In this edition of Tipster, we return to the 'why' of writing.
Why do you write? Or want to write?
Most writers are not full-time writing professionals. They are scientists who write. They are school teachers who write. They are entrepreneurs or coaches or consultants who write.
Some write about their hobby, like I did with my fly fishing book, "The Fly Fisher's Book of Lists: Life is short. Catch more fish."
Others write for their profession to bolster their credibility and extend their influence.
Melissa writes for her side hustle as a vintage dealer.
When There's No Why
So, if you're not writing as your full-time job (and 99.9% of us are not), why write?
It's important that you get crystal clear on that.
Or you will drift away from your book project or stop writing your blog. Or even stop writing altogether.
Most often, when a writer can't finish his or her book, it's because there's no why.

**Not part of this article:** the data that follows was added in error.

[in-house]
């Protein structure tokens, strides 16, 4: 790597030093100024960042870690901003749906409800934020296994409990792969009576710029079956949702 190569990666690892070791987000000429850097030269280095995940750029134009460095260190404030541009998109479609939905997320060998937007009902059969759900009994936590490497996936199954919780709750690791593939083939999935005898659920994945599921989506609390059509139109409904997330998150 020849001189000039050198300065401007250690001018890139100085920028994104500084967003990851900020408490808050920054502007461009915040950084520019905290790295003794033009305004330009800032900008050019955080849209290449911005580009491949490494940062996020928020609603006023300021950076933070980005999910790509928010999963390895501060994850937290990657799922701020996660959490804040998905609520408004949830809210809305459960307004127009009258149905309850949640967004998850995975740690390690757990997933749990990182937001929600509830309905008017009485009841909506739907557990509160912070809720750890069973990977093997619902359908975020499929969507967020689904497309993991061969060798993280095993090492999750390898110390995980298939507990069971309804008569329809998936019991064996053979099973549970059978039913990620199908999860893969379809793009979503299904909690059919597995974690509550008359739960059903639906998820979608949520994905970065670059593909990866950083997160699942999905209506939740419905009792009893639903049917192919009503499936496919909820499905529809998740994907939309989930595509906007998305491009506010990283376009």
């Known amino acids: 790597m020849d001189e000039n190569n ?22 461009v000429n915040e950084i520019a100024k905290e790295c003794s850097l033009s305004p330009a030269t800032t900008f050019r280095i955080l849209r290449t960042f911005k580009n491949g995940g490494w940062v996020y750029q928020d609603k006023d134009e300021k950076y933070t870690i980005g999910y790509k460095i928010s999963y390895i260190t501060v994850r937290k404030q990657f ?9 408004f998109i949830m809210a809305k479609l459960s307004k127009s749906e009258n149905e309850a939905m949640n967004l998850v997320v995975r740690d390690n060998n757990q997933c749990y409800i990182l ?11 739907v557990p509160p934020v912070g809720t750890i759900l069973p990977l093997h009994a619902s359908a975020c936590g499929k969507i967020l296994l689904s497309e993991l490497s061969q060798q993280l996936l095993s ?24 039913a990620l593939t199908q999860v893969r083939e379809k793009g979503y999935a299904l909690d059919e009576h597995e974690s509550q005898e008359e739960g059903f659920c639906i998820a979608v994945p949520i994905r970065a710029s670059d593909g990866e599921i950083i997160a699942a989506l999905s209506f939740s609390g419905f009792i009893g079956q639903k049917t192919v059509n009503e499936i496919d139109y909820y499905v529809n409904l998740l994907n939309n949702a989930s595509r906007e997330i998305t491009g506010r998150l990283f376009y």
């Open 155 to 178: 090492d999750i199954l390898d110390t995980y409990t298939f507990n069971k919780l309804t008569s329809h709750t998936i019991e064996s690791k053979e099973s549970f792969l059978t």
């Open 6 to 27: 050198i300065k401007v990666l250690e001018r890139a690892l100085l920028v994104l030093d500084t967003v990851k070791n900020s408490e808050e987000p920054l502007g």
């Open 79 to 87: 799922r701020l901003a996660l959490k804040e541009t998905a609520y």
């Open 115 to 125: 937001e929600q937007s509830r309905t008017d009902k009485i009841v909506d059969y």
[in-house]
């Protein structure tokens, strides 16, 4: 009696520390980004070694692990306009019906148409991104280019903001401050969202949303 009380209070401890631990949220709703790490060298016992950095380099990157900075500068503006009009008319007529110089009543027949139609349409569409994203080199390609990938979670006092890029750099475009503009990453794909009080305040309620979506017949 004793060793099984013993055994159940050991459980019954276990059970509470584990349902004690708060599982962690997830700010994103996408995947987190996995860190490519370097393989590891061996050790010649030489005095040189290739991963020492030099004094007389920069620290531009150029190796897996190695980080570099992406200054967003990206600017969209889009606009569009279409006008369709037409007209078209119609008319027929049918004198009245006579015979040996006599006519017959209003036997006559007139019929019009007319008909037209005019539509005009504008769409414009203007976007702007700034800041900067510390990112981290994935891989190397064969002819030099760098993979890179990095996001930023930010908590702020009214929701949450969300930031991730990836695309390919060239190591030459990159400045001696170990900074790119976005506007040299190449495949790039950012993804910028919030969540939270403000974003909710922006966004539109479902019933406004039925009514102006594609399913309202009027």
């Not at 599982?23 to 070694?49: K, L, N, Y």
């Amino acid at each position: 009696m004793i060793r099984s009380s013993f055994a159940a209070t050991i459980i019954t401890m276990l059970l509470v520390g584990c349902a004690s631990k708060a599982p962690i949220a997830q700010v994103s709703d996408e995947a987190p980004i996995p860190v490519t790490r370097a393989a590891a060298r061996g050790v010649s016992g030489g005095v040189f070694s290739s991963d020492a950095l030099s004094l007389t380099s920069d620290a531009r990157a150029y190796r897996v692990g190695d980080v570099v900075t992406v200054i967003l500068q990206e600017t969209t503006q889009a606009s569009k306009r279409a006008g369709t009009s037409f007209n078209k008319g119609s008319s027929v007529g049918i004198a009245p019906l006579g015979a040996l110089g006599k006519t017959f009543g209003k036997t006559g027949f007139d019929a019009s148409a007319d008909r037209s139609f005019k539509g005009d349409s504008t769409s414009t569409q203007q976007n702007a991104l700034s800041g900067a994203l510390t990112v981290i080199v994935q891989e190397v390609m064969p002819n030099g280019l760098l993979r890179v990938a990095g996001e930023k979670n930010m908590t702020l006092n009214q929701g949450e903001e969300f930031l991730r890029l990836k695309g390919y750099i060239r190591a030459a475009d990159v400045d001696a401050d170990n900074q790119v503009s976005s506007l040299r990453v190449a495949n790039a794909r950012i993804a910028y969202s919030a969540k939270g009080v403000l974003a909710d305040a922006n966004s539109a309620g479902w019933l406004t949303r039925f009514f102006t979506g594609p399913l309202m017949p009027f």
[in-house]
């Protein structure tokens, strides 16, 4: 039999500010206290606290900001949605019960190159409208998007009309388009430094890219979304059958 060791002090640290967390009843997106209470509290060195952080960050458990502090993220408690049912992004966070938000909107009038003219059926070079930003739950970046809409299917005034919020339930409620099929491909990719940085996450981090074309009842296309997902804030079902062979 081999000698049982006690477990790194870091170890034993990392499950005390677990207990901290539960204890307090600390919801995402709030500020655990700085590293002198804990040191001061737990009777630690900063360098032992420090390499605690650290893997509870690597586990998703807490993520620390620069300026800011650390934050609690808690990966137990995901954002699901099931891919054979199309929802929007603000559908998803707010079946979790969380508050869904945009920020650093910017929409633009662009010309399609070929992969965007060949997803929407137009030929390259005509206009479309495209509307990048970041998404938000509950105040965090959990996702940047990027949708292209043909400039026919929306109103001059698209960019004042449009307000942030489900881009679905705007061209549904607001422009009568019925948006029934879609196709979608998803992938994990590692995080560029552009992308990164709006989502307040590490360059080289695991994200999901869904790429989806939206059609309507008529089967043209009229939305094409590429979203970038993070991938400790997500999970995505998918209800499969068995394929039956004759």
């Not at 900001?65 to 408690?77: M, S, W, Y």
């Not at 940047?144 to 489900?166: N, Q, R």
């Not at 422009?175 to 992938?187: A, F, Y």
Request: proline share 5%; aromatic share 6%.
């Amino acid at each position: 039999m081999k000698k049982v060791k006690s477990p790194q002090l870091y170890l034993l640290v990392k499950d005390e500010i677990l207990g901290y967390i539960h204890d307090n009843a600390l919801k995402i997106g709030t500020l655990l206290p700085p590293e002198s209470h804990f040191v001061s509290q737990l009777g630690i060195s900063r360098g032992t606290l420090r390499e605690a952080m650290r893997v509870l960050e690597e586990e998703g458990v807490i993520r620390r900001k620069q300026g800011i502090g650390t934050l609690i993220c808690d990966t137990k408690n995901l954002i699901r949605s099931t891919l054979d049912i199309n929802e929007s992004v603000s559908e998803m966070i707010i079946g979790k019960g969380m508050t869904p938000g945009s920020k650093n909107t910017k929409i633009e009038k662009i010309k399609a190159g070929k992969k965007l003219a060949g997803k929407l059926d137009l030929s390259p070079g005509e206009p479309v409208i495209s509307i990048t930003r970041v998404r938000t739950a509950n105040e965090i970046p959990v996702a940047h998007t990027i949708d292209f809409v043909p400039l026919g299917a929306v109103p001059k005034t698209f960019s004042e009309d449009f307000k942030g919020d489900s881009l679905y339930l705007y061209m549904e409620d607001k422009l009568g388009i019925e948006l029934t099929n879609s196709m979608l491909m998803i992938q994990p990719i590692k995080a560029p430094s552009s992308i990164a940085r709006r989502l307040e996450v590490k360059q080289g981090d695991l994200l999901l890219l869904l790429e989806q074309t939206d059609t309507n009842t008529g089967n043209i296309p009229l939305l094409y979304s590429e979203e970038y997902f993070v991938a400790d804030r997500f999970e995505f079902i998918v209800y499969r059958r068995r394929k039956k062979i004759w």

Maybe the original why had to do with a vision of selling a lot of books or growing his or her business. Once the romance of writing is gone, it's tough to push through a hard writing project.
Write eight to ten "why" statements. And then whack all of them except one.
Don't feel concerned if the one you selected doesn't make you feel all gooey inside.
But return to your primary why statement every so often. It can become a kind of life raft when you're tempted to give up your writing project.
A friend and I are wrestling with the why of our fly fishing podcast. We went on hiatus after 5 years of recording, because I was starting a new business and my partner was completing a Ph.D. thesis.
We thought it would be simple to pick up where we left off.
But now we're struggling to come up with a new "why." After we hit 10,000 subscribers and stopped for a year, we lost our why.
I'm not sure we'll ever restart.
Pay attention to your reason for investing in your writing life.
It will help you weather the inevitable storms of the writing life.
Now, buckle up and write!